macOS and iOS: New Website Warnings (and What They Mean)

1 minute read
| Quick Tip

One of the most awesome changes in macOS High Sierra 10.13.4 and iOS 11.3 is how Safari behaves when you’re trying to enter information into an insecure page. Before this update, you had to be careful to look in the Safe Search field if you were about to log in to a website; green text and a little lock icon meant you were using an encrypted site.

Green Text in Safari URL Bar showing secure site

But with both of the newest versions of its operating systems, Apple has introduced can’t-miss red text to warn you when you’re about to type login or credit card info on unencrypted pages, like so:

New Red Text in Safari on the Mac indicating a website isn't secure

New Red Text in Safari on iOS indicating a website isn't secure

That’s a pretty obvious hint that you should think about what you’re doing. In my case here, I’m about to log into a sports-related forum, so I’m not all that concerned. But if you’re on what you assume is your banking website or, say, one that you think is the Gmail sign-in page, notice this red text. Let the paranoia run through you. Pay freakin’ attention, and by that I mean stop and don’t log in. You may be on a site that’s pretending to be the one you wanted, and if that’s the case, entering your username and password could be bad! Especially if you’re using the same password on other sites. Bad bad bad.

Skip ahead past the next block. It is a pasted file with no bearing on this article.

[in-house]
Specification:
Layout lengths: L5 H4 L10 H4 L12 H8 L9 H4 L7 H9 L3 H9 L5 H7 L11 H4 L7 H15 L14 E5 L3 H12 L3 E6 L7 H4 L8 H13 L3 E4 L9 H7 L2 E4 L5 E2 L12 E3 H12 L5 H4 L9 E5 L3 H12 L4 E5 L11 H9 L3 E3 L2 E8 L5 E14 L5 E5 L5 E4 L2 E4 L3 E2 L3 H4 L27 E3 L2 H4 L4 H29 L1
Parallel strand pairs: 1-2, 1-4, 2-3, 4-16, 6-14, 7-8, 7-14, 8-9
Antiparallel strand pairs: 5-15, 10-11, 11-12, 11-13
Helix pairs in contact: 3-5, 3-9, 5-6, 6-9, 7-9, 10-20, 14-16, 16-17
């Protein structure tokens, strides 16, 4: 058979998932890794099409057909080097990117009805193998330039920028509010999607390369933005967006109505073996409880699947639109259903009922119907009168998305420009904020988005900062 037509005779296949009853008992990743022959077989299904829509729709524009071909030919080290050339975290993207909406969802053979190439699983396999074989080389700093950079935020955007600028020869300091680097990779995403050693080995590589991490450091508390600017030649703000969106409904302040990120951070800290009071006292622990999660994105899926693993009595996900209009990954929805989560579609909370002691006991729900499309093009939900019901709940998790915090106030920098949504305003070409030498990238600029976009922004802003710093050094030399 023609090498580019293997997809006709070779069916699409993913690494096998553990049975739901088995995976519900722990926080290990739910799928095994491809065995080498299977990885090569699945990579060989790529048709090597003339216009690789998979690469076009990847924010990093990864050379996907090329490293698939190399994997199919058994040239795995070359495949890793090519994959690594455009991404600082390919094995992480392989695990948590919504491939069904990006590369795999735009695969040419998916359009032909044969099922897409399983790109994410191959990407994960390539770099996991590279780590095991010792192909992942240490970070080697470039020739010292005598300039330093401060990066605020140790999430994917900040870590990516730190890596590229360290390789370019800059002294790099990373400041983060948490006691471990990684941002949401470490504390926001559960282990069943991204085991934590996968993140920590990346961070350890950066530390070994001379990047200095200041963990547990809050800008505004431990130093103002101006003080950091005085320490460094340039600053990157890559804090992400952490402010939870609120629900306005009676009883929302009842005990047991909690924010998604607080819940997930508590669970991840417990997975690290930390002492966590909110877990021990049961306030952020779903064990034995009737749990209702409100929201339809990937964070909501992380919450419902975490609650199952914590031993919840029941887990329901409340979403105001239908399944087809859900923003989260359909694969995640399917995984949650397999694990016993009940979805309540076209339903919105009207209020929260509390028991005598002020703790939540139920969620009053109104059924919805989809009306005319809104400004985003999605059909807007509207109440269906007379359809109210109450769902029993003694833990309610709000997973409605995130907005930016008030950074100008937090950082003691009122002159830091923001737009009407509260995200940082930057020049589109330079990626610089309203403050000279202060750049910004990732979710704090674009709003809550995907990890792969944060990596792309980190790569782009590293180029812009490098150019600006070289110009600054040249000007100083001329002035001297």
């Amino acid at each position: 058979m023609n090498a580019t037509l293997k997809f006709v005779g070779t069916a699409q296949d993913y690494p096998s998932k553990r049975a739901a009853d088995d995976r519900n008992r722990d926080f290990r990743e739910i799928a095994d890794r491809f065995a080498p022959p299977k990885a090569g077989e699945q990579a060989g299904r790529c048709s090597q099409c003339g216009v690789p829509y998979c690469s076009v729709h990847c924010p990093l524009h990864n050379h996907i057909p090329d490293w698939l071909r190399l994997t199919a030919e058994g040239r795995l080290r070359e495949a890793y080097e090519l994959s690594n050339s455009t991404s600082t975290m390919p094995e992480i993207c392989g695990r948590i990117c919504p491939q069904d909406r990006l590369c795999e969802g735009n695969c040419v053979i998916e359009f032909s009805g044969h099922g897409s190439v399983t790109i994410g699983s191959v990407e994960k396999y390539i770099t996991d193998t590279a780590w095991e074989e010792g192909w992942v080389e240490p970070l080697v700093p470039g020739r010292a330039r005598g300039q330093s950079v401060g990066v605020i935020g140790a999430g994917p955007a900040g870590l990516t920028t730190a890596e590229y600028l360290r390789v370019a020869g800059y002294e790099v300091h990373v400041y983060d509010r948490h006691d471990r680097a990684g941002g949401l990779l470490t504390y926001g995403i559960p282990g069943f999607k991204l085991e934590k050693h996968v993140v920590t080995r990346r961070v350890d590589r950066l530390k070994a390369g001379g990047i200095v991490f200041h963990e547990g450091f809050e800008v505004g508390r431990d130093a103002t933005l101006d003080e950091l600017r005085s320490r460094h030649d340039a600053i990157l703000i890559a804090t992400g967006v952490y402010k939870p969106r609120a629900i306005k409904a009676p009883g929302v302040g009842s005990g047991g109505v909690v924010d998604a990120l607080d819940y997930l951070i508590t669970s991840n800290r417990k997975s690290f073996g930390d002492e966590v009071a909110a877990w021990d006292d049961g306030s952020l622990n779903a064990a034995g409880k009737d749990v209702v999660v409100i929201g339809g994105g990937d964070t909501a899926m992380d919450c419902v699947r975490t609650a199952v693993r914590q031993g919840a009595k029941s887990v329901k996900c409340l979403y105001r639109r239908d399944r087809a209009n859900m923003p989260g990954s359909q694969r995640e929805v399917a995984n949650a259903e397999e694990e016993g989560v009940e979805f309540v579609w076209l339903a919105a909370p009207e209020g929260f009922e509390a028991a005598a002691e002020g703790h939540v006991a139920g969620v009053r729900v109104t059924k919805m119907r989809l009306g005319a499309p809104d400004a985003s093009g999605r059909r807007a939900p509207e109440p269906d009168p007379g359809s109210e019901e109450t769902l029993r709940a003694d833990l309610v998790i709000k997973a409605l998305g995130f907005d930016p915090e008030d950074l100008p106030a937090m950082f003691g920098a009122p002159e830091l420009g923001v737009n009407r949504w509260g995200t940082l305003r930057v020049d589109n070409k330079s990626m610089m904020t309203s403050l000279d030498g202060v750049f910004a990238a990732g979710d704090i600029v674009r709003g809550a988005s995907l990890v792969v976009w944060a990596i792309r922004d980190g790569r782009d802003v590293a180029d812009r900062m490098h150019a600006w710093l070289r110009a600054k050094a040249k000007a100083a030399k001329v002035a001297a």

I’m really glad Apple’s taken this step; anything that could stop someone from falling for a nefarious website’s tricks is helpful, I think. Yay for progress!

One Comment Add a comment

  1. Graham McKay

    Have to be a little bit careful to differentiate between an encrypted connection and an authenticated connection.

    This Safari feature mentioned above only relates to whether the site is presented over https and therefore prevents “man in the middle” capture of your entered details.

    It is quite possible for a phisher to send you to a site like my-untrusted-bank.com that has a valid SSL certificate but is pretending to look like my-trusted-bank.com

    Extended Validation (EV) certificates are an attempt to help with the authenticated/verified ownership, as represented by the green name, but we haven’t yet got to the point of browser warnings when a site certificate doesn’t have EV.

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